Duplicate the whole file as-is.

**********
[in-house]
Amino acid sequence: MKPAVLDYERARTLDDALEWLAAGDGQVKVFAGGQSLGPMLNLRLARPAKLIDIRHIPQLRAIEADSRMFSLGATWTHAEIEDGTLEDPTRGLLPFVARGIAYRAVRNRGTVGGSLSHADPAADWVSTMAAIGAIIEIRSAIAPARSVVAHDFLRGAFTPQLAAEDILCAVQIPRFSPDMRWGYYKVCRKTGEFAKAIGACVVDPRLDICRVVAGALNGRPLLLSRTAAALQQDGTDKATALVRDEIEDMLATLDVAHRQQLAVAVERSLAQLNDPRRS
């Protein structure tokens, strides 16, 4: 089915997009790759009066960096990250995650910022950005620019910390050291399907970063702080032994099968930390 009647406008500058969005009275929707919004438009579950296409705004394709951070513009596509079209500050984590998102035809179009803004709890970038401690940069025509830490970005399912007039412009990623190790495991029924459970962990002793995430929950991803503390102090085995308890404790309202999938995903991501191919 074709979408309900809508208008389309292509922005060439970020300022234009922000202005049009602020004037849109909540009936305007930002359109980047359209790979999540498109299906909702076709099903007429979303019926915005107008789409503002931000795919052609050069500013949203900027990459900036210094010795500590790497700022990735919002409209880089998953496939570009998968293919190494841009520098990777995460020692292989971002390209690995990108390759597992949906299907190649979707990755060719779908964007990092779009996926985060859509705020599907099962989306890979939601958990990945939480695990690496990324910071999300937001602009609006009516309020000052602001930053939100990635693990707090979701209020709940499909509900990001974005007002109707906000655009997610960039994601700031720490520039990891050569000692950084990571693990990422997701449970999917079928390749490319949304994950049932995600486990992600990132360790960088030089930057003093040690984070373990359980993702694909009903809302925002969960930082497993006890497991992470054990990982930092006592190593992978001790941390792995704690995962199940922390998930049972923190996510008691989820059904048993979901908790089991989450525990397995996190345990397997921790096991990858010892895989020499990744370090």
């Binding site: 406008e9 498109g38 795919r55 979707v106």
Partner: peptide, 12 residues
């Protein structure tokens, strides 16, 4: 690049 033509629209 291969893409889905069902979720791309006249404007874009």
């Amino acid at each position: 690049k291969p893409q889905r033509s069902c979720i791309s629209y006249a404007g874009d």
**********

[in-house]
Amino acid sequence: MKPAVLDYERARTLDDALEWLAAGDGQVKVFAGGQSLGPMLNLRLARPAKLIDIRHIPQLRAIEADSRMFSLGATWTHAEIEDGTLEDPTRGLLPFVARGIAYRAVRNRGTVGGSLSHADPAADWVSTMAAIGAIIEIRSAIAPARSVVAHDFLRGAFTPQLAAEDILCAVQIPRFSPDMRWGYYKVCRKTGEFAKAIGACVVDPRLDICRVVAGALNGRPLLLSRTAAALQQDGTDKATALVRDEIEDMLATLDVAHRQQLAVAVERSLAQLNDPRRS
């Protein structure tokens, strides 16, 4: 089915997009790759009066960096990250995650910022950005620019910390050291399907970063702080032994099968930390 009647406008500058969005009275929707919004438009579950296409705004394709951070513009596509079209500050984590998102035809179009803004709890970038401690940069025509830490970005399912007039412009990623190790495991029924459970962990002793995430929950991803503390102090085995308890404790309202999938995903991501191919 074709979408309900809508208008389309292509922005060439970020300022234009922000202005049009602020004037849109909540009936305007930002359109980047359209790979999540498109299906909702076709099903007429979303019926915005107008789409503002931000795919052609050069500013949203900027990459900036210094010795500590790497700022990735919002409209880089998953496939570009998968293919190494841009520098990777995460020692292989971002390209690995990108390759597992949906299907190649979707990755060719779908964007990092779009996926985060859509705020599907099962989306890979939601958990990945939480695990690496990324910071999300937001602009609006009516309020000052602001930053939100990635693990707090979701209020709940499909509900990001974005007002109707906000655009997610960039994601700031720490520039990891050569000692950084990571693990990422997701449970999917079928390749490319949304994950049932995600486990992600990132360790960088030089930057003093040690984070373990359980993702694909009903809302925002969960930082497993006890497991992470054990990982930092006592190593992978001790941390792995704690995962199940922390998930049972923190996510008691989820059904048993979901908790089991989450525990397995996190345990397997921790096991990858010892895989020499990744370090």
């Binding site: 406008e9 498109g38 795919r55 979707v106």
Partner: peptide, 12 residues
């Protein structure tokens, strides 16, 4: 690049 033509629209 291969893409889905069902979720791309006249404007874009």
């Amino acid at each position: 690049k291969p893409q889905r033509s069902c979720i791309s629209y006249a404007g874009d």